Typically, a single interrupt source (that with the lowest latency requirement) is connected to FIQ. FIQ interrupts are not normally nested. At least a simple top-level FIQ handler must be written in assembler though this will usually call out to a C function to handle the interrupt before returning, via the assembler, to the interrupted application.

The ARM tools support writing simple (i.e. non-reentrant) IRQ handlers directly in C. For simple systems, this is a useful feature. However, most systems require re-entrant interrupts. This requires a small top-level IRQ handler in assembler which then calls out to a C function to dispatch to the correct handler before return, via the assembler, to the interrupted application.

The implementation of the assembler part of the handler varies slightly depending on the particular version of the ARM architecture being used.

First we show the code required for v6 and v7 architectures.


Non-nested IRQ handler (v6 and later)

Nested IRQ handler (v6 and later)


 PUSH    {r0-r3, r12, lr}
 BL      identify_and_clear_source
 BL      C_irq_handler
 POP     {r0-r3, r12, lr}
 SUBS    pc, lr, #4



 SUB     lr, lr, #4
 SRSFD   sp!, #0x1f

 CPS     #0x1f

 PUSH    {r0-r3, r12}

 AND     r1, sp, #4
 SUB     sp, sp, r1
 PUSH   {r1, lr}

 BL      identify_and_clear_source

 CPSIE   i

 BL      C_irq_handler

 CPSID   i

 POP     {r1, lr}
 ADD     sp, sp, r1

 POP     {r0-r3, r12}
 RFEFD   sp!


The nested IRQ handler re-enables IRQ interrupts (using the CPSIE instruction). However, before doing this, to prevent corruption of the return address, it must change to System mode (the first CPS instruction). All registers (including the return address and SPSR) are saved on the System mode stack (this is shared with User mode).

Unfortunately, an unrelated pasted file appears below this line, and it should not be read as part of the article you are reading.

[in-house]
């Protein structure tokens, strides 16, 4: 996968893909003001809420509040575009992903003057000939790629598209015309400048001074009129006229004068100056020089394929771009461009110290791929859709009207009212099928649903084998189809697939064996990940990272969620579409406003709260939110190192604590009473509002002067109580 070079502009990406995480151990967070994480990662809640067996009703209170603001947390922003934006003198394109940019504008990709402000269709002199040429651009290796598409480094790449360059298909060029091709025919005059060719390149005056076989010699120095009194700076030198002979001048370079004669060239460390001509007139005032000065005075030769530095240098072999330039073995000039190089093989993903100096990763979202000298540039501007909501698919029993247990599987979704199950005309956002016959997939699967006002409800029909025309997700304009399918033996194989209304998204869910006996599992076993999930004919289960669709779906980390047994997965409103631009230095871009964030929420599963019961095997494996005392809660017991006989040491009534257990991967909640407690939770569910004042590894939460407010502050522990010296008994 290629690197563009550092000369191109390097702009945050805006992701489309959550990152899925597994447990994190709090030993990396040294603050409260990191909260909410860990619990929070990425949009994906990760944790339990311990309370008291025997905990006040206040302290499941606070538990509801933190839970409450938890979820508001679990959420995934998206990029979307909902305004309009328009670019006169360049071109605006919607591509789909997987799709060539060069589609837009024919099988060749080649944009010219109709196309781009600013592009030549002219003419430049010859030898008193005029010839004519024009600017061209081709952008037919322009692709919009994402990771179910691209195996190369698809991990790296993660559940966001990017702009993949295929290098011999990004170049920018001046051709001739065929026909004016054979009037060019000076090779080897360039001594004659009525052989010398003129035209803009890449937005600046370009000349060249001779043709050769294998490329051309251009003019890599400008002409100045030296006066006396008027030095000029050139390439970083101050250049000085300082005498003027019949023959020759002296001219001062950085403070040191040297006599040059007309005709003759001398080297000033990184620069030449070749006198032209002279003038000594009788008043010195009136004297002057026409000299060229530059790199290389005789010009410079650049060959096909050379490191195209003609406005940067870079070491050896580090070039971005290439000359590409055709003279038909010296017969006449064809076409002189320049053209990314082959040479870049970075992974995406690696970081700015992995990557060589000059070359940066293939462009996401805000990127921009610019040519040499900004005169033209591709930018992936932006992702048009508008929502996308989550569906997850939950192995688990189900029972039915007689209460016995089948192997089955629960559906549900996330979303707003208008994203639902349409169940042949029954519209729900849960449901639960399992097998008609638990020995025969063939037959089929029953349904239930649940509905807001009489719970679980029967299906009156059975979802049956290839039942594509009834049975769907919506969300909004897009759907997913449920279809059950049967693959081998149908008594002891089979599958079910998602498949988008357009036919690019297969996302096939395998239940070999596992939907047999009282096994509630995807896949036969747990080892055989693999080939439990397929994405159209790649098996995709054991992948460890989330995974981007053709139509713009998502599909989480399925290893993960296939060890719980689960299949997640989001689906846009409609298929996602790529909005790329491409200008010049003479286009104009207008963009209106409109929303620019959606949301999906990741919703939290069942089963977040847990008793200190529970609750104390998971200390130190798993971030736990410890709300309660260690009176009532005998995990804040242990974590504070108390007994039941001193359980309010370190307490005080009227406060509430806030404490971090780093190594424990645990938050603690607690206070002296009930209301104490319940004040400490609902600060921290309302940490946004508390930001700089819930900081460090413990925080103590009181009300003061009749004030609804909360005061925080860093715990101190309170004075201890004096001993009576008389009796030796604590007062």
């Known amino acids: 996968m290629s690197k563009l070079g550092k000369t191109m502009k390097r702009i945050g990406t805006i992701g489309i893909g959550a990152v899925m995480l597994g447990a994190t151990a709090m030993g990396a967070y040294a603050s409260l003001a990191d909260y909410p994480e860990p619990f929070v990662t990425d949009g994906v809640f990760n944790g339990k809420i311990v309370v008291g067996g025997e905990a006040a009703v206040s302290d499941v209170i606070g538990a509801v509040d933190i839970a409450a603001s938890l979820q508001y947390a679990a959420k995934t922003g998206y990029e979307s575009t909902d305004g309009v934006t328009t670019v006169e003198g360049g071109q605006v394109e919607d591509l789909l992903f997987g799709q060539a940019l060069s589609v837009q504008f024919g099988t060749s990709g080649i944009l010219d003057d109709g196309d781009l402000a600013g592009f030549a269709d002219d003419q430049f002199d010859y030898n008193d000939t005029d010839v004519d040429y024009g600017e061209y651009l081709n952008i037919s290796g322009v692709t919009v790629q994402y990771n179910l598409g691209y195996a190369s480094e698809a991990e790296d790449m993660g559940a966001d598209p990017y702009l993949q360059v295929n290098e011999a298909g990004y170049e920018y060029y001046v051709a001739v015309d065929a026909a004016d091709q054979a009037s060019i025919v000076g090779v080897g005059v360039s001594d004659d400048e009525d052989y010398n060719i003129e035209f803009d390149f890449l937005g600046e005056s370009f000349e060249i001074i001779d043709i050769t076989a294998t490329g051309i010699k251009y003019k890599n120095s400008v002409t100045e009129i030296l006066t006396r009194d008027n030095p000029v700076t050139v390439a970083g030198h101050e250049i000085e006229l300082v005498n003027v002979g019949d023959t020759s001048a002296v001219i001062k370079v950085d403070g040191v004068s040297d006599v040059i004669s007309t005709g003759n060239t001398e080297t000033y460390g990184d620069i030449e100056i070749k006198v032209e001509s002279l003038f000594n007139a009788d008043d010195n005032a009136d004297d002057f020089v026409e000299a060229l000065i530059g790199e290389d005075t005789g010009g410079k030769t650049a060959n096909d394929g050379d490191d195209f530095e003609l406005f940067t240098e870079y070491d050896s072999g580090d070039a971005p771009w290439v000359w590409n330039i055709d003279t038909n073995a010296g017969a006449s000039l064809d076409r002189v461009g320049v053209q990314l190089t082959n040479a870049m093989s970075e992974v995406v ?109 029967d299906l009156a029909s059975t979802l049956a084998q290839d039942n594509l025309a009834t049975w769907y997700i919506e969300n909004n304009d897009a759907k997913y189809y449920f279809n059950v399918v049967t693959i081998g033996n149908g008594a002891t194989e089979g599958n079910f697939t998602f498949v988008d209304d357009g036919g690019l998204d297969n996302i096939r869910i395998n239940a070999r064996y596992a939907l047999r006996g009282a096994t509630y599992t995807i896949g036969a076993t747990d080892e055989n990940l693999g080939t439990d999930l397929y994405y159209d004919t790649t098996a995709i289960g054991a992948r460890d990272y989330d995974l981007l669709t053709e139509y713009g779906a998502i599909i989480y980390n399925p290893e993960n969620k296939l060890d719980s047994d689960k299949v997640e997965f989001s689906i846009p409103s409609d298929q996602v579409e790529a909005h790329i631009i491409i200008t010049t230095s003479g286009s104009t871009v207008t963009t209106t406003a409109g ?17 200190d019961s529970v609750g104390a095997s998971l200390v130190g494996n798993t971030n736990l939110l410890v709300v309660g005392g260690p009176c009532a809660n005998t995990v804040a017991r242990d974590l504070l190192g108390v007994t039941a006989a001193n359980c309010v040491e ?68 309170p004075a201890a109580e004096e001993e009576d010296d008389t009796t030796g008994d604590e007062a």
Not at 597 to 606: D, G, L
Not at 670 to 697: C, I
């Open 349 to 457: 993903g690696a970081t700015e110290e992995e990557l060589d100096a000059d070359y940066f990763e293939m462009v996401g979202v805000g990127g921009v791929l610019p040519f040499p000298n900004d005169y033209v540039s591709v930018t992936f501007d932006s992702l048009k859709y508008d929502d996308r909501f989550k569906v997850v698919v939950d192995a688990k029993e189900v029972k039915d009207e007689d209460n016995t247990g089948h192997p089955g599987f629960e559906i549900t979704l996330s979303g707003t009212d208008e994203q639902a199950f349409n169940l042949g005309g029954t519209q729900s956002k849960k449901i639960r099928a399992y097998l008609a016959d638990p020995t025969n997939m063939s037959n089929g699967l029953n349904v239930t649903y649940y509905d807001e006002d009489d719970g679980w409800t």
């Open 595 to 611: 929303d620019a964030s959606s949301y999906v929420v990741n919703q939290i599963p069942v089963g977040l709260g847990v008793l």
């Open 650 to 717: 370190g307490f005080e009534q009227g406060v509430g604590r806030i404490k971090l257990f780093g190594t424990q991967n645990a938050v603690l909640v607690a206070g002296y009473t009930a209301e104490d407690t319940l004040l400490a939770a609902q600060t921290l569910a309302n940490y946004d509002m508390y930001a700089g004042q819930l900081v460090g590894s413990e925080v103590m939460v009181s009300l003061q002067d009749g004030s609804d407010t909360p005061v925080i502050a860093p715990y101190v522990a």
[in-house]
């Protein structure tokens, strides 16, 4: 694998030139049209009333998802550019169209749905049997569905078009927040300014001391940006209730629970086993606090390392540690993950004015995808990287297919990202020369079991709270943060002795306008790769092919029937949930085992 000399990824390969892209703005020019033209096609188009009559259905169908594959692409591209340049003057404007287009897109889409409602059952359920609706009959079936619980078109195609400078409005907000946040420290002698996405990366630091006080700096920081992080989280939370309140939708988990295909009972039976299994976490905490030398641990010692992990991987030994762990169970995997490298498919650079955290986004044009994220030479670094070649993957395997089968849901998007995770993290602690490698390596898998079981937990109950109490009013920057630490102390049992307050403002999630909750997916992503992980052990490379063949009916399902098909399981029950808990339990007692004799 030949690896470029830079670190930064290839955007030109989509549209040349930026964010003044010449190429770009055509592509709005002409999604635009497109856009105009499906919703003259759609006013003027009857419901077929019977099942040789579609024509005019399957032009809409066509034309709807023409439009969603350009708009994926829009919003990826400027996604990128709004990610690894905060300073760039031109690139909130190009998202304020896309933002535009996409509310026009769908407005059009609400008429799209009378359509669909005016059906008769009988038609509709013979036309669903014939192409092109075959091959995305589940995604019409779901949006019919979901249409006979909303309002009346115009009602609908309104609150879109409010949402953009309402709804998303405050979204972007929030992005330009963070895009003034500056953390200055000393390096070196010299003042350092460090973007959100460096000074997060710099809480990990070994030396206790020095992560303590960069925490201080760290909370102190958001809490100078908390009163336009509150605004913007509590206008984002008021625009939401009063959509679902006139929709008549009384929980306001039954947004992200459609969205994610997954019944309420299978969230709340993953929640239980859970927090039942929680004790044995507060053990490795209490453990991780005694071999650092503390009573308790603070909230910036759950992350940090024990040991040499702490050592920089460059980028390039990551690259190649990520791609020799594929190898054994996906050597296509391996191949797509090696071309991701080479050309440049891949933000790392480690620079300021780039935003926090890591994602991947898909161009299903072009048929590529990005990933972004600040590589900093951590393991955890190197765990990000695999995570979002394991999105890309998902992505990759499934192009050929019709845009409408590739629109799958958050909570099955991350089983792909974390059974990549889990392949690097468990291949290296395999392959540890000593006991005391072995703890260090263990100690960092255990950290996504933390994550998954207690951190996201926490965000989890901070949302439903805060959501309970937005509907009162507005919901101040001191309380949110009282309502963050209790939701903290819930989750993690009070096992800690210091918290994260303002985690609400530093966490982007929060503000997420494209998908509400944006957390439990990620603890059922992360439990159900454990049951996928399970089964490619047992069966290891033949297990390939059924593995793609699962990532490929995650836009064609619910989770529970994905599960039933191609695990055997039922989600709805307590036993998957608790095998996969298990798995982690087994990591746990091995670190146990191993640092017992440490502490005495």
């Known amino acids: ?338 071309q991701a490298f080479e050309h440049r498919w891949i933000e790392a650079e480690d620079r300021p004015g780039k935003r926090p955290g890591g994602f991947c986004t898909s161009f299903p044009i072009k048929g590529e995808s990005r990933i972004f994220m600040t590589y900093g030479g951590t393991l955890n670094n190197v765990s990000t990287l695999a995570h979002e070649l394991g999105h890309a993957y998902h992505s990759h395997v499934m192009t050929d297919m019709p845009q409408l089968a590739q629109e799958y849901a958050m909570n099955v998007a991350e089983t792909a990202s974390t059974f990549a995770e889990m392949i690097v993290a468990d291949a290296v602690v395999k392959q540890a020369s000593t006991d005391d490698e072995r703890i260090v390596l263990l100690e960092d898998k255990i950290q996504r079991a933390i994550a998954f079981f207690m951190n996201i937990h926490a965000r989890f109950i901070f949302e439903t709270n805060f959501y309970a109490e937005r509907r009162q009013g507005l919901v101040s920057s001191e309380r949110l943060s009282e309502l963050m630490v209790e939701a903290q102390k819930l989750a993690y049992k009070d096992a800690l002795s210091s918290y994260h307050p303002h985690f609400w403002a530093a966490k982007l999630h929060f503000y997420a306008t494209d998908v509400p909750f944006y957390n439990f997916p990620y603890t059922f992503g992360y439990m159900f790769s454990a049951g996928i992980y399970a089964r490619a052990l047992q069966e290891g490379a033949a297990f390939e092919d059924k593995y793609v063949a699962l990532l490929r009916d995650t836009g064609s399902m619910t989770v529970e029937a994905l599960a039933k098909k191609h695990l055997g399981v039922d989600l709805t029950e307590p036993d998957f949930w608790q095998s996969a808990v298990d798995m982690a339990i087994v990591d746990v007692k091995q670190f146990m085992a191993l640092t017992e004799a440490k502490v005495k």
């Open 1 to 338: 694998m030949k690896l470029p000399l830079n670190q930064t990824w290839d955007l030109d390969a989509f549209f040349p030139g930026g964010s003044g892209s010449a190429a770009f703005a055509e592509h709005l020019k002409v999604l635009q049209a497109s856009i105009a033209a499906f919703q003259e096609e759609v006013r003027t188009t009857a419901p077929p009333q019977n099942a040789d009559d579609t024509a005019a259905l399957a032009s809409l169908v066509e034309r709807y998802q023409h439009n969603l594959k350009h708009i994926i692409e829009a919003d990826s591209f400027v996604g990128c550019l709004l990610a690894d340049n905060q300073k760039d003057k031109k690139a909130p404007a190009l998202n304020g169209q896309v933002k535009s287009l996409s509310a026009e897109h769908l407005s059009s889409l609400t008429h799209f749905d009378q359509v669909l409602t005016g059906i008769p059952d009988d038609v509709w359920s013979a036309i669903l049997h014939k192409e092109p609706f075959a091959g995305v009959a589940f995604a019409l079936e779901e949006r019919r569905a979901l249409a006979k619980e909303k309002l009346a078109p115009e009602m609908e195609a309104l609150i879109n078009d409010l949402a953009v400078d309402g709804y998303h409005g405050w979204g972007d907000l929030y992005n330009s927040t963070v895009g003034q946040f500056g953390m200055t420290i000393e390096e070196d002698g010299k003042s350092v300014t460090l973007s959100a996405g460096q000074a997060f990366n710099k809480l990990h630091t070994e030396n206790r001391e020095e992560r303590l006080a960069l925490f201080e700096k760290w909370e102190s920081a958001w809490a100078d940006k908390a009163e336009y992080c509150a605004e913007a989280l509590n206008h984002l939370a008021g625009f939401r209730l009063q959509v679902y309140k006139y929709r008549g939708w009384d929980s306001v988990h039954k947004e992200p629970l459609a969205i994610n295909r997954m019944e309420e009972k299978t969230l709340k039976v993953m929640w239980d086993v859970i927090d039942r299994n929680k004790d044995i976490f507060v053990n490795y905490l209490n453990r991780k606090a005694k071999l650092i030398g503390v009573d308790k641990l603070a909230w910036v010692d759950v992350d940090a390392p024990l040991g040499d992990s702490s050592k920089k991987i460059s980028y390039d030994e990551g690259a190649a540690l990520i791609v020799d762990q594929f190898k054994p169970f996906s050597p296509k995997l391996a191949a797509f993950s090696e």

The ARM ABI requires that the stack pointer is doubleword-aligned at public boundaries so exception handlers must check and, if necessary, correct the alignment of the stack prior to making any external function calls.

The code for handling nested interrupts on cores prior to architecture v6 is slightly different as these cores do not support some of the instructions used in the code shown above (CPS, SRS and RFE).


Non-nested IRQ handler (v5 and earlier)

Nested IRQ handler (v5 and earlier)


 PUSH    {r0-r3, r12, lr}
 BL      identify_and_clear_source
 BL      C_irq_handler
 POP     {r0-r3, r12, lr}
 SUBS    pc, lr, #4



 SUB     lr, lr, #4
 STR     lr, [sp, #-4]!
 MRS     r14, SPSR
 STMFD   sp!, {r0-r4, r12, r14}

 BL      identify_and_clear_source

 MRS     r2, CPSR
 ORR     r2, r2, #0x1F
 MSR     CPSR_c, r2

 AND     r1, sp, #4
 SUB     sp, sp, r1
 STMFD   sp!, {r1, lr}
 BIC     r2, r2, #0x80
 MSR     CPSR_c, r2

 BL      C_irq_handler

 MRS     r2, CPSR
 ORR     r2, r2, #0x80
 MSR     CPSR_c, r2

 LDMFD   sp!, {r1, lr}
 ADD     sp, sp, r1

 BIC     r2, r2, #0x1F
 ORR     r2, r2, #0x92
 MSR     CPSR_c, r2

 LDMFD   sp!, {r0-r4, r12, r14}
 MSR     SPSR_csxf, r14
 LDMFD   sp!, {pc}^


Note that this code changes state and enables/disables IRQ by reading and modifying the CPSR directly (this is done via the CPS instruction in later processors).